Archive for September, 2010

From Dish Danielle:

I know I’d heard of people grilling pizza’s before, so I’m not sure what took me so long to jump on the BBQ bandwagon. I had the pleasure of spending a long weekend out in Cape Cod with my best girl and seriously culinarily inclined Aunt Kathryn this summer. She taught Nikki & I a thing or two, and the world of fabulous grilled pizza’s was one of them.

(sidenote: I know that by the time this post comes out, summer will technically be over, BUT. Sept & Oct are amazing times to be grilling outside in NYC.)

Dough Ingredients:
1.5 cups warm water
1 package fast-rising yeast
1 tbsp sugar
2 cups bread flour
2 cups whole wheat flour
2 tbsp extra virgin olive oil
1/2 tsp or so of kosher salt
parchment paper

Pulse the first three ingredients twice in decent sized food processor. Add remaining ingredients and let run for 30 seconds after ball forms. Remove and place in well-oiled bowl. Cover with saran – allow to rise for 3-4 hours.

Now you’ve got some time to plan what you want ON your pizza’s. This recipe will yield 4 crusts, so you better invite some folks over. The day I made them I went simple: 2 Margherita’s (basic marinara & mozz), 1 White pie with pesto (basil pesto, ricotta & mozz), and another with Roasted Veggies right off the grill (basic marinara, mozz, fennel, peppers, red onions). Fresh herbs to top are also a must in my cookbook…

Get your BBQ grill going on HIGH, as hot as you can get that mofo.

Once your dough has risen, toss it onto a well-floured surface. Cut dough glob in half, and then half again so you have 4 smaller balls of dough. Roll out 4 crusts sprinkling the dough and your work surface with flour as needed. Pull out large sheet tray and oil the hell out of it. Once the first crust is rolled, oil the top surface, (I used one of those handy cooking brushes) and lay it on your oiled tray. Cover it with a sheet of parchment—oil the hell out of that, and continue until you’ve stacked your 4 crusts and you’re ready to hit the grill.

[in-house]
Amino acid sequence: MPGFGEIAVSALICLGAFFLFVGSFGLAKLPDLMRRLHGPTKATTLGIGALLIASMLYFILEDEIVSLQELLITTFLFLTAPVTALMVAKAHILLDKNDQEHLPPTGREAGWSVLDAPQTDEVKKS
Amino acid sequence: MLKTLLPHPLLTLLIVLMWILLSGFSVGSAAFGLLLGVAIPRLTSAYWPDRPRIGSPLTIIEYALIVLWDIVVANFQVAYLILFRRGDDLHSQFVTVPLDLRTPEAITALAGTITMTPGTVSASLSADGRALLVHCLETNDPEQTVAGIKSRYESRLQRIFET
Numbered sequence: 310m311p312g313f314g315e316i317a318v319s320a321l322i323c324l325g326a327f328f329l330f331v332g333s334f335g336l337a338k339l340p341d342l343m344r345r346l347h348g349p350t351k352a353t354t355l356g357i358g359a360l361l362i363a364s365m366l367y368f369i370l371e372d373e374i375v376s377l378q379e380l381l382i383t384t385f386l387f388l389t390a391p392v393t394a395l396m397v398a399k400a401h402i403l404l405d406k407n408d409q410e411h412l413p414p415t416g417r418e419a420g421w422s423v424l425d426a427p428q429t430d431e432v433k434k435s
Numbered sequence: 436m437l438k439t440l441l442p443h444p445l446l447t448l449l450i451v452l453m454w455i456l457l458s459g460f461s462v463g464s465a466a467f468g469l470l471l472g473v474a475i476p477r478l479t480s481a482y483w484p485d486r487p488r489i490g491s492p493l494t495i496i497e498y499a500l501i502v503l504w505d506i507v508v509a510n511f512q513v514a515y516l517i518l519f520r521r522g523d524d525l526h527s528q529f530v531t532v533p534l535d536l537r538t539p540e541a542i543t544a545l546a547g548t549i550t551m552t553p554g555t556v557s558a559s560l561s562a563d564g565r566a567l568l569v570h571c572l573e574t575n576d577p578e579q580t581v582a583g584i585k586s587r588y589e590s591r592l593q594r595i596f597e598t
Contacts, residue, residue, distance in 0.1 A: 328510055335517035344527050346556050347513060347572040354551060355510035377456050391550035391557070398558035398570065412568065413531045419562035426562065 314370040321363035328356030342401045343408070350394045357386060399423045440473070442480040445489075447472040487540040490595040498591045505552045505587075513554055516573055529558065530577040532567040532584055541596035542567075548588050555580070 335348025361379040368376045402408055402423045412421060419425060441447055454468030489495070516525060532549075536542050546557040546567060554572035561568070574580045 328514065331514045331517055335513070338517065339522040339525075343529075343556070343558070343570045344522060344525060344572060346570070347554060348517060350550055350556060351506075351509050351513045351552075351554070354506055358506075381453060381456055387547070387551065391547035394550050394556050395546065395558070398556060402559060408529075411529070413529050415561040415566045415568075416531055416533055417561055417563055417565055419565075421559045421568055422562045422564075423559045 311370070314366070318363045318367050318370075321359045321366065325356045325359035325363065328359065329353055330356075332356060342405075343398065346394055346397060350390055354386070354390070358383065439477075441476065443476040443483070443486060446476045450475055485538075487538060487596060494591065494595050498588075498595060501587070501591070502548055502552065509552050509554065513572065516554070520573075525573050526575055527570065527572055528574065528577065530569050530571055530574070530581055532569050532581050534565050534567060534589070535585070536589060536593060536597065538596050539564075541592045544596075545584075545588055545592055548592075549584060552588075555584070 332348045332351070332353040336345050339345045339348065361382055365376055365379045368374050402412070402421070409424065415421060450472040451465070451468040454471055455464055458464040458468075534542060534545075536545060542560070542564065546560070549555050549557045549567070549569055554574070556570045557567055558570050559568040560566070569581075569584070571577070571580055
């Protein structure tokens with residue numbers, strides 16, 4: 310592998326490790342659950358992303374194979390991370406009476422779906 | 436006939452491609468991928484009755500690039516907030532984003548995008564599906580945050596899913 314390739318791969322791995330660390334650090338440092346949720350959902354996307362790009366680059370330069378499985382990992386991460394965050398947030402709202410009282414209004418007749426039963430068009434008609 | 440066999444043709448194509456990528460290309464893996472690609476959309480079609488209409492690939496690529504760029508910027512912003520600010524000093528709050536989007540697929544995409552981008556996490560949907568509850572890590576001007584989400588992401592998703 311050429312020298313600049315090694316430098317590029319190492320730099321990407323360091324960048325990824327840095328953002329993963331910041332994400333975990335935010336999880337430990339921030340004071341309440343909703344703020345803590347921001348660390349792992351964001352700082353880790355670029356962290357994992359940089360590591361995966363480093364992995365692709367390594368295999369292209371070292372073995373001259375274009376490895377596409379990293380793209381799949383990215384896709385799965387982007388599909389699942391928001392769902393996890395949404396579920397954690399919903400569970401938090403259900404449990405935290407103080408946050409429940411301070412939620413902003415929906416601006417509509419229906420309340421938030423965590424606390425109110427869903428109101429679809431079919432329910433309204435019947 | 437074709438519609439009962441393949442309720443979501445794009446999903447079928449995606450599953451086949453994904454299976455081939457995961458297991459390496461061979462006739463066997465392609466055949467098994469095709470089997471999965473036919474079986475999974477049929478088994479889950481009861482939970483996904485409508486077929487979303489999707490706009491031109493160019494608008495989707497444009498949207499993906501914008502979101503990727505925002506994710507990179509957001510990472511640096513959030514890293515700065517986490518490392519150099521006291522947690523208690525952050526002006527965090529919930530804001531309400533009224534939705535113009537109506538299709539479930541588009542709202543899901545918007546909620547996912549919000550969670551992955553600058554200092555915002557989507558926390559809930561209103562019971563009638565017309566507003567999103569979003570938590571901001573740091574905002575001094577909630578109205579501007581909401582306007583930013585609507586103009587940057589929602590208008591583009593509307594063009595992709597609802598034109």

This will be a quick process if your grill is super hot, so stay right there. Pick up the top crust carefully and toss it onto the grill. Do two at once if you can. Have a pair of tongs and a large metal spatula handy. They will immediately crisp up on the bottom, so check it after 45 seconds to gauge how much longer they will take. (the grill I was working on was top notch so this literally took 60 seconds, tops). Once they’re a touch underdone, flip and repeat on second side. Crust will puff & bubble from the heat. You may want to cover grill if it’s not piping hot to speed up the process and ensure those lovely grill marks on the dough.

Grill the remaining crusts, then pull them off and quickly dress with chosen toppings. Once they’re ready, set back on a covered grill for about a minute (or until cheese melts).

Voila! You will wow your friends. I promise.

*Note: you can also make dough, let it rise, and wrap it tightly in saran and store in fridge for use the following day.

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She’s working on her latest post, but in the meantime, her urban farming is attracting plenty of press, from the latest issue of Edible Queens featuring the rooftop farm Brooklyn Grange

(Click on image for an online version of the magazine)

To this week’s New York Magazine Power Issue, which profiles Roberta’s in Bushwick, her daily farming haunt.

Go Gwen!

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From Dish Erin:

I realize that I have done quite a few soups for Saucy Lil Dish. Consider this my last soup entry for a bit. The problem is that I usually have tons of vegetables in my fridge and when I’m tired of looking at them, roasting them, sauteing them, and dreaming up new methods to prepare them, I lose my patience and puree them into soup. Every once in a while I get a dud but as in this case, the final results are pretty damn awesome. This week’s overabundance was baby carrots. “Buy 2 bags, get 1 free!” In case you’re wondering, 3 bags of baby carrots is A LOT OF CARROTS. The good news is that they make a great soup–and it’s perfect for this time of year. The sweetness of the carrots combined with the spiciness of the curry and warmth of the coriander makes such a round, complete flavor that’s filling, but not too heavy. You could probably serve it cold, too. As a disclaimer, I have to mention: I do not measure spices out. Never have, never will. The curry, turmeric and coriander are approximations based off a palate that loves curry and heat, so if you’re sensitive to that type of stuff, cut back and start with a few generous shakes instead of whole teaspoons. The best part of soups is that you can layer flavor in. You can always add more.

1/2 large yellow onion roughly chopped
3 cloves garlic, minced
2 tablespoons olive oil
Salt and pepper
1 sprig rosemary or thyme
3 1/2 cups roughly chopped carrots
4 cups chicken or vegetable stock
1/4 cup milk or cream
1 heaping teaspoon curry powder
1 teaspoon turmeric